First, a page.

When the call of the black crow - and the clanging of Sunderland's shipyards - go still
Celtic Connections: Transatlantic Sessions on the road again

Celtic Connections: Duncan Chisholm gives musical life to Scottish hills


Andrew Curry is a neglectful music website editor's dream. He comes up with ideas for which gigs he should review, pays his own way there and into the venue and files his articles as promptly, cleanly and engagingly as if he were being paid a decent fee (*no one around here, sadly, fits the last part of the description.


There were obstacles to finding ways of illustrating his admiring thoughts on Duncan Chisholm's concert Glasgow's Celtic Connections festival, an annual event I remember with great fondness from when I had a newspaper platform for musings of this sort. The 'press assets' gallery of Duncan's own website tempts journalists with a gallery of excellent images to download. For whatever reason - my technological incompetence or otherwise - I failed repeatedly to capture any of them. Another regular source of photos also led me nowhere. The festival press office has been approached but for now, we'll have to settled for an embedded Celtic Connections tweet. Read on: there is more to come from Andrew's visit to Scotland



Duncan Chisholm’s concert at Celtic Connections was billed as a “presentation” of his 2022 record Black Cuillin, a celebration of Skye’s famous mountain range. It was inspired initially by a walk he’d had in the Cuillins with several other musicians, some of who were playing with him on stage.




The concert started in the dark with the first track from the record, in which the swirling electronic effects give way to Chisholm’s solo violin. As he started to play, a single spotlight picked him out on stage.


This was, all the same, a concert with a large band on stage in the Main Auditorium of the Glasgow Royal Concert Hall.


Depending on the particular songs, a front line of Hamish Napier on piano, Ross Ainslie on low whistle, Jarlath Henderson on pipes, Innes Watson on acoustic guitar and Sorren Maclean on electric, with Ross Hamilton on bass and Donald Hay on drums, was supported by an impressive string section. Greg Lawson had done the arrangements, and the other violin players included Megan Henderson, Patsy Reid, Graham Mackenzie, and Catriona Price, with Georgia Boyd on viola and Su-a Lee and Alice Allen on cellos.




Black Cuillin is the seventh of Duncan Chisholm’s solo records, and like all of the later ones—Farrar, Canaidh, Affric, and Sandwood, certainly—it takes its inspiration from somewhere in the Scottish Highlands or islands.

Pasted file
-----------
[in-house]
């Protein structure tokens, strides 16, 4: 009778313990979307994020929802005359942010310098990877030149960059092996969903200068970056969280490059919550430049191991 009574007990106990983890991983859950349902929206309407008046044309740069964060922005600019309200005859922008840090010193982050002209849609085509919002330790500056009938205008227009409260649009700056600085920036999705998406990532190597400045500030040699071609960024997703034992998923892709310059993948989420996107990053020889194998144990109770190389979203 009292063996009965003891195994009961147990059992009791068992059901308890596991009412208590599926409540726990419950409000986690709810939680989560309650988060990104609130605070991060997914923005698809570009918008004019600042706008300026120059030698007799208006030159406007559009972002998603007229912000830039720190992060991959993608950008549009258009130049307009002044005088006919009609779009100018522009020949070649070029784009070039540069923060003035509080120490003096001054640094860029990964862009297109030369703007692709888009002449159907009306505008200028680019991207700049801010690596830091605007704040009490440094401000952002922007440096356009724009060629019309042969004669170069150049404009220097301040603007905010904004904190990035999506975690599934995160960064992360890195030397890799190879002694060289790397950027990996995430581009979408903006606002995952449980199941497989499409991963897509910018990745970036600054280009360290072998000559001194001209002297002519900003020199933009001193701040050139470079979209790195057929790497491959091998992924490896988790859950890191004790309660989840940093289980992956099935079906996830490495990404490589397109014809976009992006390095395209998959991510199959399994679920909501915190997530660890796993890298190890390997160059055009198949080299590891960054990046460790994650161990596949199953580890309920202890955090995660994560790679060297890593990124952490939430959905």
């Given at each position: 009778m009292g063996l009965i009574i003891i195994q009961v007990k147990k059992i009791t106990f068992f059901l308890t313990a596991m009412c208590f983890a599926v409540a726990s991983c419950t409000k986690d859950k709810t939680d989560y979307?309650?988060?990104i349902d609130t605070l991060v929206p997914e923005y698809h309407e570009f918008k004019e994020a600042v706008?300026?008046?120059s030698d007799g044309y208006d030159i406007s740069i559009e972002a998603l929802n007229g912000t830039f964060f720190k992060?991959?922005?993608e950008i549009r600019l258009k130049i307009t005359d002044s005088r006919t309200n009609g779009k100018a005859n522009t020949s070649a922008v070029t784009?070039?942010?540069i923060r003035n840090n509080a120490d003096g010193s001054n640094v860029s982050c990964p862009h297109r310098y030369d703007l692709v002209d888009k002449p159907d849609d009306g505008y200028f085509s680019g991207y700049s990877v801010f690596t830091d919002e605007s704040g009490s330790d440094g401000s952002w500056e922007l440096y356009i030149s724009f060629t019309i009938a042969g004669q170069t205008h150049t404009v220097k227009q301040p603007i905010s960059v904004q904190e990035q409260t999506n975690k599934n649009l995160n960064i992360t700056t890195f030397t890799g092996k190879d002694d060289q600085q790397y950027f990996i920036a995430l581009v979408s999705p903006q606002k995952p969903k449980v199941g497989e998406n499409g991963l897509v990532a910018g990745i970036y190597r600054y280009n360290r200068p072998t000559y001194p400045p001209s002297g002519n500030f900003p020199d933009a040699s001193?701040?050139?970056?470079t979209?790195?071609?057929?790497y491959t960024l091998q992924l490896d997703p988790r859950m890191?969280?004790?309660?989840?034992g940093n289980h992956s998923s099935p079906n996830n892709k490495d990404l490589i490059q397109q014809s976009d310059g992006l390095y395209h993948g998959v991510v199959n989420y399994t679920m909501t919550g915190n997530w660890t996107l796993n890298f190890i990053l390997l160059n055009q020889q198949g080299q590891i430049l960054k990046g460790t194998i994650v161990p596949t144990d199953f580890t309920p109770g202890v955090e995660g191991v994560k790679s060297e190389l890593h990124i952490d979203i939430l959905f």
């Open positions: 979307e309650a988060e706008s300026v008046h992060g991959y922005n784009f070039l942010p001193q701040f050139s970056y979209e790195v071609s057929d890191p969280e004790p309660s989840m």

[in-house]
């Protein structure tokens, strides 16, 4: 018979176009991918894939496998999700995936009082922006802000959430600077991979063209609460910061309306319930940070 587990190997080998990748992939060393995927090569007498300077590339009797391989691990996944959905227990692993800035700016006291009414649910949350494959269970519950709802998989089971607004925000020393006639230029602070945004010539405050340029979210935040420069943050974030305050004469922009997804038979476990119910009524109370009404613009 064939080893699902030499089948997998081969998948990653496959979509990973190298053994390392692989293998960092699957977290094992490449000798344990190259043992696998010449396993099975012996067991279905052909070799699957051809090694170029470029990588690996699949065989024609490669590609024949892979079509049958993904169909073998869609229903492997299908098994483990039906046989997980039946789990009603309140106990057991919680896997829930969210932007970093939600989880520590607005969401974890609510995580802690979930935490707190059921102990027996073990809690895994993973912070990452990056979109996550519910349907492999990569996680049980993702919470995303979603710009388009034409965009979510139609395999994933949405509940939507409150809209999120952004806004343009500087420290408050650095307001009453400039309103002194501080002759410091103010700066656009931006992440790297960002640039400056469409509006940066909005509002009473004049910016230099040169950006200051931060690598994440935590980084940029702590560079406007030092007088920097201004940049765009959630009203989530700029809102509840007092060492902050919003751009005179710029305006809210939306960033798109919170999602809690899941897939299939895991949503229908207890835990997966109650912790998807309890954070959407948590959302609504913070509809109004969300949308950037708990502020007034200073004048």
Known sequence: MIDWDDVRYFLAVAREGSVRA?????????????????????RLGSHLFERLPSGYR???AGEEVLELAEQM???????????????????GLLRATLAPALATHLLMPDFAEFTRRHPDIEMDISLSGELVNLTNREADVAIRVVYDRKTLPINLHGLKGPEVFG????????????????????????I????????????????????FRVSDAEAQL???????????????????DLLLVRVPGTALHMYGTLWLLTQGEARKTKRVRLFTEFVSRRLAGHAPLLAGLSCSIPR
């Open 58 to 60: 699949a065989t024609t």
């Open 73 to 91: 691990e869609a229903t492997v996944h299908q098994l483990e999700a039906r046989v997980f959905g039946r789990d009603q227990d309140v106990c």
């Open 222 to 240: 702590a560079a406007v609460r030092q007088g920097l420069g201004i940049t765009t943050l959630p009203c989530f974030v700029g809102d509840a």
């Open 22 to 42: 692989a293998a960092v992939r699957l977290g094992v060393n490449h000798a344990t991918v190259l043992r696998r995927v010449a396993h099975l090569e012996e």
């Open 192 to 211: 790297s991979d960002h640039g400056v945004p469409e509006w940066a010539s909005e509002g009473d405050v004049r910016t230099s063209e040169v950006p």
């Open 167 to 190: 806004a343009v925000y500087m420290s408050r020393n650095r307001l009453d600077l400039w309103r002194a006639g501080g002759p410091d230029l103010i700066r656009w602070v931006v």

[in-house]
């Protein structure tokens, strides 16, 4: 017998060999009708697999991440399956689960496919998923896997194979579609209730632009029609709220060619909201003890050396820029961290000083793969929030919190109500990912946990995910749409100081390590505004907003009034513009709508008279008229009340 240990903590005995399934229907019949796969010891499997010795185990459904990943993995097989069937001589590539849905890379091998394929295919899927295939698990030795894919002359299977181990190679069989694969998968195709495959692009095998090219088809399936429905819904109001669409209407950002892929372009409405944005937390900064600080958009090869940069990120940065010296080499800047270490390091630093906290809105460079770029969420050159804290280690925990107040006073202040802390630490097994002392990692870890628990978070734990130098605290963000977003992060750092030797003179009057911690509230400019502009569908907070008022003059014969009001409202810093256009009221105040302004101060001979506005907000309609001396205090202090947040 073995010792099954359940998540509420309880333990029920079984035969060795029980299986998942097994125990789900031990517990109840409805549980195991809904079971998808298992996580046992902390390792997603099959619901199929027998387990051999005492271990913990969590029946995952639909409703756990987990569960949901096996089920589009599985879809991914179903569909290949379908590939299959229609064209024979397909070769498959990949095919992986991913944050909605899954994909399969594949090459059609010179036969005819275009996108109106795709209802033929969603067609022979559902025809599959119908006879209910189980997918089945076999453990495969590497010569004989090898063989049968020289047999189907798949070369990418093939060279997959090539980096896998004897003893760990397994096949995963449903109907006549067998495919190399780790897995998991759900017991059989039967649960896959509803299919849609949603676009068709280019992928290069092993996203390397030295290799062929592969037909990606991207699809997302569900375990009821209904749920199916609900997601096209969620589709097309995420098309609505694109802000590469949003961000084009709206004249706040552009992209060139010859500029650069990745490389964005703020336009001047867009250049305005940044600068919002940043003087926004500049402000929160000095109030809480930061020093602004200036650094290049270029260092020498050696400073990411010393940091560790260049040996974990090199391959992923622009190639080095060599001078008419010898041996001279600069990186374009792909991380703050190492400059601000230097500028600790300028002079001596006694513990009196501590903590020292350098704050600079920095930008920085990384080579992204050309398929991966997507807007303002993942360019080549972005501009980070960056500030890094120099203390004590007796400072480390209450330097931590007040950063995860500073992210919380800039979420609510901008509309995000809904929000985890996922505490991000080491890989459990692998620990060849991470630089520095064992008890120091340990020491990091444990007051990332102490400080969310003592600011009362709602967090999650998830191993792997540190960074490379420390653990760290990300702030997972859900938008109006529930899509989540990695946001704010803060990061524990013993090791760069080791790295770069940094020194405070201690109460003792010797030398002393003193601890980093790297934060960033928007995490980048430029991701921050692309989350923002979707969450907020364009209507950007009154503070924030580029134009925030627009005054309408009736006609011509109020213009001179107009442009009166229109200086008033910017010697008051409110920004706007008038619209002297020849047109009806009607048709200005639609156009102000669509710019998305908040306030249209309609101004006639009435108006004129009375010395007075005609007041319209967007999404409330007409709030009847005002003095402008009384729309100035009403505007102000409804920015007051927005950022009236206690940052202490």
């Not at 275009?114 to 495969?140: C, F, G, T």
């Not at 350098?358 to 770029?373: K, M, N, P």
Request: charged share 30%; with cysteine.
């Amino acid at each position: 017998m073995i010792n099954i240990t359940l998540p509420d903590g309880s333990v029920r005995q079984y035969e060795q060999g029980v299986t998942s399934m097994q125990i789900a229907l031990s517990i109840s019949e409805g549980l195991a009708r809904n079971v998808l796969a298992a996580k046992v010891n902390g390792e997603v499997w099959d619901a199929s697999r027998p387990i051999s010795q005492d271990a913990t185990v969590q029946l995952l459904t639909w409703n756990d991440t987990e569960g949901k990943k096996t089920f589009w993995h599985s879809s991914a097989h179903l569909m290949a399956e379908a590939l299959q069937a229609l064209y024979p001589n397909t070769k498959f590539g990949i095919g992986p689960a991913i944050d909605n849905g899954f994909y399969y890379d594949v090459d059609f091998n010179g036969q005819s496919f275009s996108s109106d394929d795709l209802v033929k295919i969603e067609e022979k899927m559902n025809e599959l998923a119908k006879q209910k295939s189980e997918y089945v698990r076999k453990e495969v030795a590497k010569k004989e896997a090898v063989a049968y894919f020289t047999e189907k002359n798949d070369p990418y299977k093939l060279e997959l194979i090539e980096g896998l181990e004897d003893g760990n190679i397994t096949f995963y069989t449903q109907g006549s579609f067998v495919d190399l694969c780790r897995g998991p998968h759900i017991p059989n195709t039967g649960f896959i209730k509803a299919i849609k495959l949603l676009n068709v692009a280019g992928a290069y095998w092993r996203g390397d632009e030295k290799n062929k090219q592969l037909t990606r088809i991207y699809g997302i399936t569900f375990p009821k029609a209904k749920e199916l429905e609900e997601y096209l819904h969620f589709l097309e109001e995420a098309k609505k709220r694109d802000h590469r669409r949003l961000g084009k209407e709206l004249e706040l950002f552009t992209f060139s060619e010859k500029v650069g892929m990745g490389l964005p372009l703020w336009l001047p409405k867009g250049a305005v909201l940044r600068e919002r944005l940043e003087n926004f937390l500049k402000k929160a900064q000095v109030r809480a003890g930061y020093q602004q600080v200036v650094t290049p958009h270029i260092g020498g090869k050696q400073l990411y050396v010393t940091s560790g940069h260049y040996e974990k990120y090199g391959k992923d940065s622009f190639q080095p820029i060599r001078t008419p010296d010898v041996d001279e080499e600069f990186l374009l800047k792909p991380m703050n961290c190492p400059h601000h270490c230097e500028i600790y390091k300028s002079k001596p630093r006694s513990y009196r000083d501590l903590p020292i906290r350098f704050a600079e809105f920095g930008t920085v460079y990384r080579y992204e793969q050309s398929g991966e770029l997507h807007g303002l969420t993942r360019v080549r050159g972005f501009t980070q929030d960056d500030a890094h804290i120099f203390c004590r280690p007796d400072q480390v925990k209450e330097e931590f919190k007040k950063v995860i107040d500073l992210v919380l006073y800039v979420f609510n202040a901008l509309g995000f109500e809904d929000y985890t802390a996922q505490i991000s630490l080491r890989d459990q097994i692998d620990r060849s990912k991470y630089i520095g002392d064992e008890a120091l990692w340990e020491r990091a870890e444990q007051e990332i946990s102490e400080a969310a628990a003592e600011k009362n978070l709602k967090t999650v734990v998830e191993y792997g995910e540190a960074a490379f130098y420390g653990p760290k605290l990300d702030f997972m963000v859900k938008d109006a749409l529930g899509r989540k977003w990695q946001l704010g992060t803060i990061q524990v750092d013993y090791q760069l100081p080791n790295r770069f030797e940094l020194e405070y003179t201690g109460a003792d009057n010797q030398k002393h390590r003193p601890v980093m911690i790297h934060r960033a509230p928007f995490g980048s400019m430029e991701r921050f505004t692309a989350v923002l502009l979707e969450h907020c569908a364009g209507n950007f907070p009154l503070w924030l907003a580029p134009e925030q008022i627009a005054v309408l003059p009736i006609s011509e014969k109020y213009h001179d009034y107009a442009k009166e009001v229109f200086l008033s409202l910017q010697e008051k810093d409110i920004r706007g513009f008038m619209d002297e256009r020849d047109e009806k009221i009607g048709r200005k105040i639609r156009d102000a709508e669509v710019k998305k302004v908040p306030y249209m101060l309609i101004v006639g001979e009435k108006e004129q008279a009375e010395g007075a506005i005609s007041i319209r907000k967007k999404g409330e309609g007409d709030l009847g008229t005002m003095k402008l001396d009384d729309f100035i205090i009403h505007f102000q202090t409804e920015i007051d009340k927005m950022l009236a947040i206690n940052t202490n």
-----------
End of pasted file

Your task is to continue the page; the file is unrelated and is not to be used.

Although the focus here was on the songs from Black Cuillin, he also drew quite strongly on Sandwood, including a memorable encore of Dizzy Blue.


(If you want more detail on the setlist, I recommend  Dave McNally’s review at Folk Radio UK : his notes from the evening are clearly more detailed than mine).


The only other time I’d seen Chisholm play was with a small acoustic group in the Stornaway Arts Centre. This, in contrast, was a big sound with electric backing when he felt it was needed, which was a reminder of a couple of things.


Chisholm is now in his 50s, but he has been influential in Scottish folk music since his early 20s. He was a co-founder in the early 1990s of Wolfstone, which opened up Scottish traditional music to electric instruments, and Wolfstone had played the very first gig at the first Celtic Connections festival 30 years ago. He’s played at every Celtic Connections since then.


(Chisholm doesn’t talk that much from the stage, but he told a longish and self-deprecating story about going into a Glasgow hair salon for the first time before that Wolfstone gig to try to look better on stage.)


Since then he played from time to time with Runrig, the only Gaelic-speaking band to cross over into the rock mainstream. And these days, as well as his solo career, he also works with the leading Gaelic singer Julie Fowlis as her musical director.


There was something apt about seeing Chisholm at Celtic Connections, because it was an  enthusiastic review of his set there in 2013 – still the  best single introduction to his work—that first introduced me to his music.


What’s distinctive about it is that he has taken the airs, jigs, and reels that he grew up with, and which make up so much of Scottish traditional music, and has transformed them into a modern sound that works for a 21st century audience, without losing the thread to the music’s traditional roots. Black Cuillin, which Chisholm describes as his “most ambitious” work yet, does this through a combination of a big cinematic sound, electric reinforcement on some tracks, and some subtle electronic effects.


His set was, for me, one of the highlights of the festival, and my impression was shared. He received a standing ovation which was entirely deserved. Indeed, I heard a couple of people raving about it in the interval of a different concert several days later.




The support for Duncan Chisholm was the Gaelic singer Kim Carnie, who I had seen a few days earlier fronting Staran in a smaller hall in the Royal Concert Hall complex. With a decent size band, and sharing the string section that was also playing with Chisholm, she seemed to fill the larger space more comfortably than the smaller one. But she might need to work on her stagecraft if she’s going to hit the big time: it’s not all about her.



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